September 29, 2008

NYFF Podcast. Film Criticism.

Aaron Hillis and Andrew Grant begin this year's series of podcasts from the New York Film Festival by talking with a few of the participants in Saturday's panel, Film Criticism in Crisis?

NYFF Panel

I blather a bit, but things get interesting when Jonathan Rosenbaum and Film Comment editor (and panel moderator) Gavin Smith exchange views on the current state of things. For pix and quotes from all of the participants, see the filmlink blog's Amanda McCormick; for further reports, see James Van Maanen, Keith Uhlich at the House Next Door and indieWIRE's Eugene Hernandez.

To download or listen to the podcast, click here.

Update, 10/3: "But is the Internet really the answer?" asks the L Magazine's Mark Asch.

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Posted by dwhudson at September 29, 2008 4:58 PM


and to think, you can talk about film criticism without being in a dive bar in new york.

Posted by: john lichman at September 29, 2008 8:09 PM

Very enjoyable to be a West Coast fly on the wall and listen in on this roundelay. Thank you David, Aaron, Andrew and participants for reminding of the role of enthusiasm in film criticism.

Posted by: Maya at September 29, 2008 9:25 PM

Blather? What are you, the most modest man in show biz (aggregation)? You were most definitely a part of both the panel and podcast, sir. Me says!

Posted by: Aaron Hillis at September 29, 2008 10:11 PM

Wow thanks a lot for this great podcast guys. I'm happy to see the attention has finally shifted on actually meaningful concerns (after 3 summits), rather than defending a conservative print territory. I hope the debate on the panel was as interesting as this glimpse here.
Do you know if there will be a release of a transcript or an audio of the full debate? That would be dandy.

Posted by: HarryTuttle at September 30, 2008 2:03 AM

Harry --

The entire discussion was videotaped, but I'm not sure when and where (or if) the Film Society is planning on releasing it.

Like you, I was pleased that it was, for the first time, a step forward. It was great to hear Emmanuel Bordieu from Cahiers explain the current situation with the magazine, and I was lucky to have the opportunity to chat with him afterward.

Posted by: Filmbrain at September 30, 2008 8:45 AM

Burdeau just announced that their candidacy to take over Cahiers was not validated by Le Monde. But their project was a little controversial, especially their conflation with a movie distributor (conflict of interest).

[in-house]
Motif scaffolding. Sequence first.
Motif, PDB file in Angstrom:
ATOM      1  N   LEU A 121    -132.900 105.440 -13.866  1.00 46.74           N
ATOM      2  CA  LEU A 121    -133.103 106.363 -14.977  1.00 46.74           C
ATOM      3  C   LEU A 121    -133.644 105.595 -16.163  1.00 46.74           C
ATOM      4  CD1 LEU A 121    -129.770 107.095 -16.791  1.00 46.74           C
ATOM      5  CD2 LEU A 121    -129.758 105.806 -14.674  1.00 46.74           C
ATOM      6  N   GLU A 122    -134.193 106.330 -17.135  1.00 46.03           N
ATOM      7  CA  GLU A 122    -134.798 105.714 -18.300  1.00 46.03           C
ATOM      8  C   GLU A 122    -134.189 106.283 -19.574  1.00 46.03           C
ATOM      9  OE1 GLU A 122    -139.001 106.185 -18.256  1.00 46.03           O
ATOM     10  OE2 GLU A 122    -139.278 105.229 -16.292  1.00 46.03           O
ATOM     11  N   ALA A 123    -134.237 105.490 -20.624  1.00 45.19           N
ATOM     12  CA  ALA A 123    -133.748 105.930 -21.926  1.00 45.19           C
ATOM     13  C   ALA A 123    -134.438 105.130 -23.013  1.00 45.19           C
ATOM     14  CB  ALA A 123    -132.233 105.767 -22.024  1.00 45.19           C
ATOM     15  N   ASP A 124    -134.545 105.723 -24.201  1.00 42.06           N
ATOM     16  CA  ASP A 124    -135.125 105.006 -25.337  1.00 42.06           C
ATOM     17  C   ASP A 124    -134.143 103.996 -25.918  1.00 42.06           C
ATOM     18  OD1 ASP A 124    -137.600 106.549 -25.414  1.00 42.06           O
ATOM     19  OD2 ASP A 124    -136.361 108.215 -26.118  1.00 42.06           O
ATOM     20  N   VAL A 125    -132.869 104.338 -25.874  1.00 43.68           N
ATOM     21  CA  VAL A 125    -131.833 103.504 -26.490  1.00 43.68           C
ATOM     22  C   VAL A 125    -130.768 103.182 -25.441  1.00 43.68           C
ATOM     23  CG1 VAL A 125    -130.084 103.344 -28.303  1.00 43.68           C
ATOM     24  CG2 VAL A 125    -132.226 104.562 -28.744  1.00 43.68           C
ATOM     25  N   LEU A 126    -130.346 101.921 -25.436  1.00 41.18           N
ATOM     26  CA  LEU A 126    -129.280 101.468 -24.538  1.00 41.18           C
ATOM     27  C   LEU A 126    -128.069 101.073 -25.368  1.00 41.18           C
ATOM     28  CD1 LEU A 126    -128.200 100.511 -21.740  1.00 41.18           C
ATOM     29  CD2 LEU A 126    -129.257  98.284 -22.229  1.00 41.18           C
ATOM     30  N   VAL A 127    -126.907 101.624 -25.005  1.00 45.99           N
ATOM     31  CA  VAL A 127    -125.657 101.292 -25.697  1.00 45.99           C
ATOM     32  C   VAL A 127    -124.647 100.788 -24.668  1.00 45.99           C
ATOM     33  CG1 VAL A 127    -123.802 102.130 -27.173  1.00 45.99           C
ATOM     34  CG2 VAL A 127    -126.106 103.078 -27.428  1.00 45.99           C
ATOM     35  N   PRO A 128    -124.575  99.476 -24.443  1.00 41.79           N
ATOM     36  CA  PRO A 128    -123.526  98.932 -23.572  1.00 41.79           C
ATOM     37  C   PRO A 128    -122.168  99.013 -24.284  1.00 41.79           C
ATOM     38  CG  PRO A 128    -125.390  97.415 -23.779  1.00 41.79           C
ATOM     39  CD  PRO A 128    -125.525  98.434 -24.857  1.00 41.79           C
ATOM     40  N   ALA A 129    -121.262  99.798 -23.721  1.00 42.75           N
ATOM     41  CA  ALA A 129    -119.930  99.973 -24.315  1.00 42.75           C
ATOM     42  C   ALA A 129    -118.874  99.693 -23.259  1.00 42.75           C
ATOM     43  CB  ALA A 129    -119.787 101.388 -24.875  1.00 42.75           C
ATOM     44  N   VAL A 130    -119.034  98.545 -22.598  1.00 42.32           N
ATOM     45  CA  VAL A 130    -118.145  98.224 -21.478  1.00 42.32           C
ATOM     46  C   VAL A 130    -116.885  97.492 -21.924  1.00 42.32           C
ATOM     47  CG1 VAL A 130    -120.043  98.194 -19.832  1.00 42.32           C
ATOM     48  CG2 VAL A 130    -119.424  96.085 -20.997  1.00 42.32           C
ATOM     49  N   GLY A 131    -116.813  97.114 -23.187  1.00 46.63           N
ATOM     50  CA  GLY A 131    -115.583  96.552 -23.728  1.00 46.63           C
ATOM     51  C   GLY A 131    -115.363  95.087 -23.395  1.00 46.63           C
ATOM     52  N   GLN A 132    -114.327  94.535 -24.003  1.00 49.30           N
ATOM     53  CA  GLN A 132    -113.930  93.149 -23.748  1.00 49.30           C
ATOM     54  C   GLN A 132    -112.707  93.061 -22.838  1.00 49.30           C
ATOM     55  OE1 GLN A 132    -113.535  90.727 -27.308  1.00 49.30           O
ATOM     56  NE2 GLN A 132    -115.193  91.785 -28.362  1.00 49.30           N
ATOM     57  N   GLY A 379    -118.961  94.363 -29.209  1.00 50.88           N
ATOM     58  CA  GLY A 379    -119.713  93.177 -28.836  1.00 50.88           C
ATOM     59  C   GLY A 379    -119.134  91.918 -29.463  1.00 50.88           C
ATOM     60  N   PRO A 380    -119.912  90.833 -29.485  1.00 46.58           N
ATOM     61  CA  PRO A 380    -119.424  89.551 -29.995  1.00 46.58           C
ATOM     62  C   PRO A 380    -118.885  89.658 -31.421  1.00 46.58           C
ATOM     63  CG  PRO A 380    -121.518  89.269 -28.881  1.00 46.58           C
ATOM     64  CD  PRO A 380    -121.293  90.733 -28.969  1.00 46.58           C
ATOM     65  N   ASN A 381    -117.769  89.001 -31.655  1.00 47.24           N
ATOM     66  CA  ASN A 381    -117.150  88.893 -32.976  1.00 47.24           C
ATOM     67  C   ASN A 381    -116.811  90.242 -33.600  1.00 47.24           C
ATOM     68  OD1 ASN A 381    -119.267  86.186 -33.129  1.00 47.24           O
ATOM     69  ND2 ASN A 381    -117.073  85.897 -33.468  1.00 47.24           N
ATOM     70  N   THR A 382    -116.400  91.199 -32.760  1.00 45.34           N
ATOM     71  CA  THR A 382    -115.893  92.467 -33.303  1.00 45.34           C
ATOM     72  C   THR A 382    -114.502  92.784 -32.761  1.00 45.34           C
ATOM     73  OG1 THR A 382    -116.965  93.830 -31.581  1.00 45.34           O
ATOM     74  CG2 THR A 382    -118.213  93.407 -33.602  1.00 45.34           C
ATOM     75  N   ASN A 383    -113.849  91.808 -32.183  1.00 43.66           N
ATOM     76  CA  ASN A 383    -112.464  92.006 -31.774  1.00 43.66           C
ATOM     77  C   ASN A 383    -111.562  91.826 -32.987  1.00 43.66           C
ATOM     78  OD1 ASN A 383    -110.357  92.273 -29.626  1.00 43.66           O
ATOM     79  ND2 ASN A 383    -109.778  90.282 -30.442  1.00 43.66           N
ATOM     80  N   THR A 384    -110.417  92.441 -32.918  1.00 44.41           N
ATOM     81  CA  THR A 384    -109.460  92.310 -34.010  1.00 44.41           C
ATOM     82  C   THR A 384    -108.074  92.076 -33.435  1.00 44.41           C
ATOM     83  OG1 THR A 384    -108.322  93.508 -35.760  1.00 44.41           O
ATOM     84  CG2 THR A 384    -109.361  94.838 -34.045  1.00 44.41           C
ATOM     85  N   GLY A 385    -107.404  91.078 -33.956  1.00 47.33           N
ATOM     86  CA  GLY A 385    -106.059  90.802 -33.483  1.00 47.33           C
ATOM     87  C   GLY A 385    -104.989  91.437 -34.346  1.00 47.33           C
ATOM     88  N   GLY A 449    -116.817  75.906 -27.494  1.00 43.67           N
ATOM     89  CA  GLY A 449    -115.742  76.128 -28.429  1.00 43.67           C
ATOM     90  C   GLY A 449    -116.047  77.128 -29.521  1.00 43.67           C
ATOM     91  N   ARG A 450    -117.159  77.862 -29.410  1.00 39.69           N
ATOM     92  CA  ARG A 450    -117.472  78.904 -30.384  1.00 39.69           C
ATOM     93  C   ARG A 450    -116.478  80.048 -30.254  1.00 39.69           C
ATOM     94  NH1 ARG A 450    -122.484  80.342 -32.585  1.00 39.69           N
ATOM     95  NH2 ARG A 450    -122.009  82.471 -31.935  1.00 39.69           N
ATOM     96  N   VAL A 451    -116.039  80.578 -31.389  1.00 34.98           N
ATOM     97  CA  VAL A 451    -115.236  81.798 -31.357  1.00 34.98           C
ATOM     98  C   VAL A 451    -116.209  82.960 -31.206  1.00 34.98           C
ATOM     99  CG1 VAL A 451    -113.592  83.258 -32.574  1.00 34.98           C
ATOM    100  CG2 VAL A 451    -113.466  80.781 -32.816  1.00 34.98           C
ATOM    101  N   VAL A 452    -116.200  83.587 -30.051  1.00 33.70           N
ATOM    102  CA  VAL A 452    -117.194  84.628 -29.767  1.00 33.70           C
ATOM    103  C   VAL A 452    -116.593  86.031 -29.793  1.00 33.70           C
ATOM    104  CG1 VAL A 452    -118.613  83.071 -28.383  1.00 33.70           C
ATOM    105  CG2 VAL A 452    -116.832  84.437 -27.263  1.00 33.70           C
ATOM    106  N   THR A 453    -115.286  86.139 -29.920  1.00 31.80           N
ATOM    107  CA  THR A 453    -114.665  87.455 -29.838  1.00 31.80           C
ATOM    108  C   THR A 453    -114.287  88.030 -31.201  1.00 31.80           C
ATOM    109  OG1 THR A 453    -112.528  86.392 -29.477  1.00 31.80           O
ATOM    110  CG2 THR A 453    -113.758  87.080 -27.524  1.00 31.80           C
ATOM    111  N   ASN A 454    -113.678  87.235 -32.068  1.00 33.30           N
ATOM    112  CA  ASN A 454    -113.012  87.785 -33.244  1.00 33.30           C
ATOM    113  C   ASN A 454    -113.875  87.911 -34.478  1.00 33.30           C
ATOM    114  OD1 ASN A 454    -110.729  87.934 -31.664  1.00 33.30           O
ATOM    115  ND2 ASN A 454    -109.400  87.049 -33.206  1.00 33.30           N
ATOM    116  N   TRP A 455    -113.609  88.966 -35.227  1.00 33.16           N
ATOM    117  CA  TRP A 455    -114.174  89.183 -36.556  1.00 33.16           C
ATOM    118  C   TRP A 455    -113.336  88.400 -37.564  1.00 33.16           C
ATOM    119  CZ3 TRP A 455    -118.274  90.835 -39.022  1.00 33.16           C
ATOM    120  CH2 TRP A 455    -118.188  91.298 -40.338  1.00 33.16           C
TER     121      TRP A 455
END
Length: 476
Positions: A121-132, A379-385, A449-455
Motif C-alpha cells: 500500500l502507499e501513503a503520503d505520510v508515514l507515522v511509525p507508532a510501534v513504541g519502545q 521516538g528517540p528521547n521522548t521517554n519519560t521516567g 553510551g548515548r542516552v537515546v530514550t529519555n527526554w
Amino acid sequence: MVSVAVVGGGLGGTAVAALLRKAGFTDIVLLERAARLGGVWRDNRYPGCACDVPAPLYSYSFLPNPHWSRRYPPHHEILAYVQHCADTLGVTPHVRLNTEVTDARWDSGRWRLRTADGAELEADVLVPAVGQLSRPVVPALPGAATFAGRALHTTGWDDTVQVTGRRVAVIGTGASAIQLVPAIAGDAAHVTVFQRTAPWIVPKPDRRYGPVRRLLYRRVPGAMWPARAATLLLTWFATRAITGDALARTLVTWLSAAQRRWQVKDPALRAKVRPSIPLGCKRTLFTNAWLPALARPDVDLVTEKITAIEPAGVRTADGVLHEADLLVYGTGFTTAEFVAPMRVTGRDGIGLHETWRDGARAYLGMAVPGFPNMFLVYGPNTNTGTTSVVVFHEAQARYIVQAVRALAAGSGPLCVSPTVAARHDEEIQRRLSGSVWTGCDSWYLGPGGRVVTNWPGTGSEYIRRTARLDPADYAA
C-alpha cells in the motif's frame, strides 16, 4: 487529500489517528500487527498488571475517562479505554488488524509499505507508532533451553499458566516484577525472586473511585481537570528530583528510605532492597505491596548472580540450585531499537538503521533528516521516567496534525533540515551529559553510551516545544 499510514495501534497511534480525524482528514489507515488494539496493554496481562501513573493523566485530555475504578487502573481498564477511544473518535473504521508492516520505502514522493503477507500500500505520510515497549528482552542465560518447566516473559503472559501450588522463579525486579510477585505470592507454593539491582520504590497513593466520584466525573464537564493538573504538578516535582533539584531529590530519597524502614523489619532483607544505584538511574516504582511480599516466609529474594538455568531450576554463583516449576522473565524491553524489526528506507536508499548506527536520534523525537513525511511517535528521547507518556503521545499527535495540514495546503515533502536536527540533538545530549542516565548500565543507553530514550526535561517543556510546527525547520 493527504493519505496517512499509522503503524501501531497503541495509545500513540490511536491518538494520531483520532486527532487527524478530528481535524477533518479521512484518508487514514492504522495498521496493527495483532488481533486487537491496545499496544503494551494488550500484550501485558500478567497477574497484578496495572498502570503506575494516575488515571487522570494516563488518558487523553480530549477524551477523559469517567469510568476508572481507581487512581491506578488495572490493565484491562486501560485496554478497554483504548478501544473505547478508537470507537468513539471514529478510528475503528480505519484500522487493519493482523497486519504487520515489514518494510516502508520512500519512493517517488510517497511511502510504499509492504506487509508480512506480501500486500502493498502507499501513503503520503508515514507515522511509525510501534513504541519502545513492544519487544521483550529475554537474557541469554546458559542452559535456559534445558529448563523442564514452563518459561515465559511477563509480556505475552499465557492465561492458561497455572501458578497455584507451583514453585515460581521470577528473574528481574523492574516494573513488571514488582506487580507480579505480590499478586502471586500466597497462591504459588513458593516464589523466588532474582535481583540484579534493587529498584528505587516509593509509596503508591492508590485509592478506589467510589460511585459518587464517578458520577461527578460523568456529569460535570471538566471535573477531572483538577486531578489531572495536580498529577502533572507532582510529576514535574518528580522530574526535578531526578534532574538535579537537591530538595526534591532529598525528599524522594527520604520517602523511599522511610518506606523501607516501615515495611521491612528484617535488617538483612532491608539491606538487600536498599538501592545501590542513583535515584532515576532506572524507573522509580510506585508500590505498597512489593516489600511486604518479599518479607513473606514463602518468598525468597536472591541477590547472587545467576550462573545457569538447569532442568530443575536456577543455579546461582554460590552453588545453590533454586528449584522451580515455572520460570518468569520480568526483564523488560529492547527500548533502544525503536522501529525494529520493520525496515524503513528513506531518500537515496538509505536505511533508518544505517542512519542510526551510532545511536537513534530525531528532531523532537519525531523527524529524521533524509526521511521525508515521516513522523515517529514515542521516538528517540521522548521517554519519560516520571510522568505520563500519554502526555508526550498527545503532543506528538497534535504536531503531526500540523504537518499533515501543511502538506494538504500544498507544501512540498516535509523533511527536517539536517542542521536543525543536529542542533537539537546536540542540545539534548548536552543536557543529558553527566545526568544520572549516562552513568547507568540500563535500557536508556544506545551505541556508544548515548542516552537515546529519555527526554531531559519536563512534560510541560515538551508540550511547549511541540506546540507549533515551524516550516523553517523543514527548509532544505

It's one thing to distribute DVDs of old masterpieces that had a theatrical release already, and that's another business altogether to pick a new-made film and take the risk to release it for the first time...

You're lucky he graced NYC with his presence, because he didn't bother to attend the roundtable he was invited to at La Cinémathèque this summer.

Posted by: HarryTuttle at September 30, 2008 3:01 PM

Hmmm...critics working as distributors? Where I have I heard that before? ;-)

I actually spoke with Emmanuel about that very subject, and I think the conflict of interest argument is flimsy, especially considering the type of magazine we're talking about. Wouldn't a DVD line curated by Cahiers writers/editors be wonderful for cinephiles?

Yet from Le Monde's perspective, I can see why they would reject such an idea. It's a damn shame, and I hope an alternative solution is found.

Posted by: Filmbrain at September 30, 2008 7:03 PM

Your case is not nearly as conflictual for you. First you don't run Film Comment, you publish in a personal blog, and Benten is a DVD distributor. Burdeau wants to distribute in VOD films without theatrical distributors, meaning they become financially tied to the object of their job as critics. And other films reviewed in the magazine are second-classed.
So, will they release films they praised or will they praise films they released? Will they pan films that are too close a competition to their champions?

They will inevitably corrupt the trust the reader has in the critical stance of this national magazine.

Burdeau is right, someone needs to distribute undistributed films. But there are better people out there to do this. Like you for instance. An "independent institution" like Cahiers cannot create an artificial zoo where some films are more "Cahiers" than others by contract, especially not if they sign the contract before the film is made (if they are also producers). This gambling is not for critics to play with.

Posted by: HarryTuttle at October 2, 2008 1:07 AM